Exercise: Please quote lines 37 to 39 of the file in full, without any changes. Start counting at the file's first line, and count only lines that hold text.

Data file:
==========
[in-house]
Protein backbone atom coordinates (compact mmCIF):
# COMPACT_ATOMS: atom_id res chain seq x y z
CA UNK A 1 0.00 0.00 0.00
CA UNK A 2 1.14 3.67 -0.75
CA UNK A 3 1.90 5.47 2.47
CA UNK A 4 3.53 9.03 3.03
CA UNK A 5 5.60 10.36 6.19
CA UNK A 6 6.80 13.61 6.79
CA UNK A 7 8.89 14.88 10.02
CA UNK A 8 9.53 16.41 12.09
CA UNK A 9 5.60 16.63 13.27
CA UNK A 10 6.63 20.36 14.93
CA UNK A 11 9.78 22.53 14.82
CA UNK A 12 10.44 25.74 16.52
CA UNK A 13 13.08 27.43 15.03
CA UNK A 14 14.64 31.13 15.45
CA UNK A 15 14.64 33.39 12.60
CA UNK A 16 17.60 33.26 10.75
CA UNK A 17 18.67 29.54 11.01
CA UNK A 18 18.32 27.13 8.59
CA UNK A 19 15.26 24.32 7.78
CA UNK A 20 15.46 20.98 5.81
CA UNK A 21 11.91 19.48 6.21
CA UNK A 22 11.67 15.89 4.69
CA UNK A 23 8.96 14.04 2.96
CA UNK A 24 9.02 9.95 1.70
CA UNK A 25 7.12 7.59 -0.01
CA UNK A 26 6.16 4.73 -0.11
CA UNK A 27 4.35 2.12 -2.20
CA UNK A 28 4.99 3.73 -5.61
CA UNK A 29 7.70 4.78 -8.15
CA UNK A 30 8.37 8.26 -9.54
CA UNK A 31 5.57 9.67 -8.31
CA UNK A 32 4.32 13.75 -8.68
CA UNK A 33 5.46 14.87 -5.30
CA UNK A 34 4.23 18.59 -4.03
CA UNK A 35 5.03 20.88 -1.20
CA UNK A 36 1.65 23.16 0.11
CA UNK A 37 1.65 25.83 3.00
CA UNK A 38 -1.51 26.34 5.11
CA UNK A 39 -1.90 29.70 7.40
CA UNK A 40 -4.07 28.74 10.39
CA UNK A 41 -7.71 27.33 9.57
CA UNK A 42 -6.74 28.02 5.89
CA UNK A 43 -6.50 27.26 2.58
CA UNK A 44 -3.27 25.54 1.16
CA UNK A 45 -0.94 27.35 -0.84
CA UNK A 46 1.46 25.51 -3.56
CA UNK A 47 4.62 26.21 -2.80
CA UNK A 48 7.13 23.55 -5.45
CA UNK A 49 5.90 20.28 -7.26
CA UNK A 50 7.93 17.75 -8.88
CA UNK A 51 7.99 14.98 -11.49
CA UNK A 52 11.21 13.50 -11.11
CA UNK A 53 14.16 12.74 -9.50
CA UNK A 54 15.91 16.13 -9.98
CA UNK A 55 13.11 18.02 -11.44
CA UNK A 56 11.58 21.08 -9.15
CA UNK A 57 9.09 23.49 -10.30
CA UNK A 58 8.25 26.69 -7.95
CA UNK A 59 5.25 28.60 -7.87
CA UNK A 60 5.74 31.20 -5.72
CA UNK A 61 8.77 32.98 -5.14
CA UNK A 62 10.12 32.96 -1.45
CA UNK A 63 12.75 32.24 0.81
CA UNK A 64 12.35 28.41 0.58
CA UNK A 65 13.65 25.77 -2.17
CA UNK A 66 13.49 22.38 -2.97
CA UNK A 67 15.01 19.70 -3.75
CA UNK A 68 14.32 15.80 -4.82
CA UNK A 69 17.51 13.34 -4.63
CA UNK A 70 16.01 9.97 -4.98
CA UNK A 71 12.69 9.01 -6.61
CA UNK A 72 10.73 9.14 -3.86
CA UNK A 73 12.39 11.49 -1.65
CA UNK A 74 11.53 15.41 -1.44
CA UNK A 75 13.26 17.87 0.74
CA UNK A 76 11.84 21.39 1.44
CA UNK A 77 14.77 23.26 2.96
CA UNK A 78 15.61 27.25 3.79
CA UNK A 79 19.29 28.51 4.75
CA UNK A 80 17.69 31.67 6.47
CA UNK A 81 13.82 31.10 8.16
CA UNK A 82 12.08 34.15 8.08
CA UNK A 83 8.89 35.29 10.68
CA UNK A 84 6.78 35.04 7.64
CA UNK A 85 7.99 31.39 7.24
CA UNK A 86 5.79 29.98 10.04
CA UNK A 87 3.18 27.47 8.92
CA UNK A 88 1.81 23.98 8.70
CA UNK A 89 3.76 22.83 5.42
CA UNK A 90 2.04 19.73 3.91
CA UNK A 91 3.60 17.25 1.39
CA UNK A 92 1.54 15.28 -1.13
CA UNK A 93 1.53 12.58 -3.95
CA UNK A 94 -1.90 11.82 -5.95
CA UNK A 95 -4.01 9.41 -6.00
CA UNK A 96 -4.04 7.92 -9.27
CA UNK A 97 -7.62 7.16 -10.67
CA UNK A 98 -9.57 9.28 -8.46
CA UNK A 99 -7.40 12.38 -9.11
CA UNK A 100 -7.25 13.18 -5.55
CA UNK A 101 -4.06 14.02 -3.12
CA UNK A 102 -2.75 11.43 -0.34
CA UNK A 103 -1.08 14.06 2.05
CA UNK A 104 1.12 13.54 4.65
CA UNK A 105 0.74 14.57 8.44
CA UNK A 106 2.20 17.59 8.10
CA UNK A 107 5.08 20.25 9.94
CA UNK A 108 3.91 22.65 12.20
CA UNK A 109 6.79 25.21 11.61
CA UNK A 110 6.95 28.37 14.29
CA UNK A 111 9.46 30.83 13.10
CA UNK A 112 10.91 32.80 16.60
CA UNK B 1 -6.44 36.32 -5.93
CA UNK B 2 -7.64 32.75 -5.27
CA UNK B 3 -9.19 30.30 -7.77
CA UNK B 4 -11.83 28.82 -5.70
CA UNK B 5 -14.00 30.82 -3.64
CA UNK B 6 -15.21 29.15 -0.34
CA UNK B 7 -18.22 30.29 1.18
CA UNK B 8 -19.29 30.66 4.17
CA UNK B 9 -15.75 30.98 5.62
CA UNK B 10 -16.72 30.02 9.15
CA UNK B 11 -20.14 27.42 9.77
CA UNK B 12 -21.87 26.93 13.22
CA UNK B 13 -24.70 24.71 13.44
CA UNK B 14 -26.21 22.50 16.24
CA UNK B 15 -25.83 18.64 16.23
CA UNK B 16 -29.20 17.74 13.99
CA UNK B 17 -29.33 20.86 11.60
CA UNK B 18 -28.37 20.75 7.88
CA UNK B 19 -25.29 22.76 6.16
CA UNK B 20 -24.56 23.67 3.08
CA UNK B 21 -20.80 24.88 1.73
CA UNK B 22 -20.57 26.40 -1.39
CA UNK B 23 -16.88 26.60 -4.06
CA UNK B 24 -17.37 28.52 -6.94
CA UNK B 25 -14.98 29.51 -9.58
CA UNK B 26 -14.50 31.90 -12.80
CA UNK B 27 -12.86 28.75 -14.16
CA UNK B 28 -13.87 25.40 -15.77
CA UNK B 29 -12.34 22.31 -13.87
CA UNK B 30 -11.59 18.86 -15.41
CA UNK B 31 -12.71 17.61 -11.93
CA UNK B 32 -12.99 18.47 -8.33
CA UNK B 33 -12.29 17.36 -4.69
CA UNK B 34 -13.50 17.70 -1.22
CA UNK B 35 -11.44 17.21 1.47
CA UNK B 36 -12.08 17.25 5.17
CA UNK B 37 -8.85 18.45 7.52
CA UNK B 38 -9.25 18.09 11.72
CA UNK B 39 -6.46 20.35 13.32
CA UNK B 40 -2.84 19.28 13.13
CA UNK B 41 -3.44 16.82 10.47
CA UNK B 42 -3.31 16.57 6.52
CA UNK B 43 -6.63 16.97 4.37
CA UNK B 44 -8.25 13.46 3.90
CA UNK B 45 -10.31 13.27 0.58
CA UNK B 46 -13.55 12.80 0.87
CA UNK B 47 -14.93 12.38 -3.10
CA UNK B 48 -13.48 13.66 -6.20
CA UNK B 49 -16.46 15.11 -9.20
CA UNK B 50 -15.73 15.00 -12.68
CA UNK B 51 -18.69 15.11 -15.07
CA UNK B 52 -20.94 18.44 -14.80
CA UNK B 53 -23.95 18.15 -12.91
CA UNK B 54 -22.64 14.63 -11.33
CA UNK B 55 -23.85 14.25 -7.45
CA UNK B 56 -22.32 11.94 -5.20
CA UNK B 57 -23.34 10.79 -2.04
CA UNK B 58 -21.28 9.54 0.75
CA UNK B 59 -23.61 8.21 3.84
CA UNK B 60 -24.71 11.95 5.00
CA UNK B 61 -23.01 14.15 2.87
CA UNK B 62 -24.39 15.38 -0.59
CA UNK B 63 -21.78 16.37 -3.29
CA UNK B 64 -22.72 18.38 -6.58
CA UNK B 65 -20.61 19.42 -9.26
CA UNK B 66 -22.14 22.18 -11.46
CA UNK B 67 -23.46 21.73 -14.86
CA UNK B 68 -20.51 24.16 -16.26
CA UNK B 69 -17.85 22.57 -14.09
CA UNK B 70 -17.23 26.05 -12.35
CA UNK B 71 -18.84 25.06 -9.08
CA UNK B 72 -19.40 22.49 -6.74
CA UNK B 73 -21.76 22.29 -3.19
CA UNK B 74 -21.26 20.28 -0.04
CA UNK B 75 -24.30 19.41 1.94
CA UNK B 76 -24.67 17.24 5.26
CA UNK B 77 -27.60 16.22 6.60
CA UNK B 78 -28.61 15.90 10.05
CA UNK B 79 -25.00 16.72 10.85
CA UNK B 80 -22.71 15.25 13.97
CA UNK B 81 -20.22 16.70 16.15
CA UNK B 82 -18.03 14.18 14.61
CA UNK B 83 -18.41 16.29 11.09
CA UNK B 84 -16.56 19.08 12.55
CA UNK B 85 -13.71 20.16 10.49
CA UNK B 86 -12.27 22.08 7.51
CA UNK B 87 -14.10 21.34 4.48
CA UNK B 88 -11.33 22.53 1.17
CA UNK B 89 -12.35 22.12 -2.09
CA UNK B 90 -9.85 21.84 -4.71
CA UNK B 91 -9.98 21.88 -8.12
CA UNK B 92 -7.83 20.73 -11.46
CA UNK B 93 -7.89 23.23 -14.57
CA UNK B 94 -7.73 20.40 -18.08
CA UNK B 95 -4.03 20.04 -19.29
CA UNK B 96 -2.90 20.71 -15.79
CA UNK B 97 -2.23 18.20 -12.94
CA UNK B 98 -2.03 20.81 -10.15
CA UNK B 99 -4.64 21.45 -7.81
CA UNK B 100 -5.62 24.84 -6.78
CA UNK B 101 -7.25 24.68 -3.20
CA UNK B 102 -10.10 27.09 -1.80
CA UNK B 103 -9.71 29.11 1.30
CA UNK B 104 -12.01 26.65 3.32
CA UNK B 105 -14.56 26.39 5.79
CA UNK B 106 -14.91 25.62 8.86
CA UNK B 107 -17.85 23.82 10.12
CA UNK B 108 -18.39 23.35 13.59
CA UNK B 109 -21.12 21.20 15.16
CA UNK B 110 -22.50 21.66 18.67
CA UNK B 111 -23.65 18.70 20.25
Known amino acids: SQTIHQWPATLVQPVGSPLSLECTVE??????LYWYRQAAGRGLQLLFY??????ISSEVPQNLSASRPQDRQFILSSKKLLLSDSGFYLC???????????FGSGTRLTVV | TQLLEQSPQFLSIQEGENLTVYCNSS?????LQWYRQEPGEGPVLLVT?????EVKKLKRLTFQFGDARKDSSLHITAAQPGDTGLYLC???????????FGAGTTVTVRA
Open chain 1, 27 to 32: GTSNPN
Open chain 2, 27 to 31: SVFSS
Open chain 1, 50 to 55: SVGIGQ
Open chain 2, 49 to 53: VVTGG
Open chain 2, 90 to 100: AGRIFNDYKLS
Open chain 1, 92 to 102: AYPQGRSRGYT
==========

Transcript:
CA UNK A 34 4.23 18.59 -4.03
CA UNK A 35 5.03 20.88 -1.20
CA UNK A 36 1.65 23.16 0.11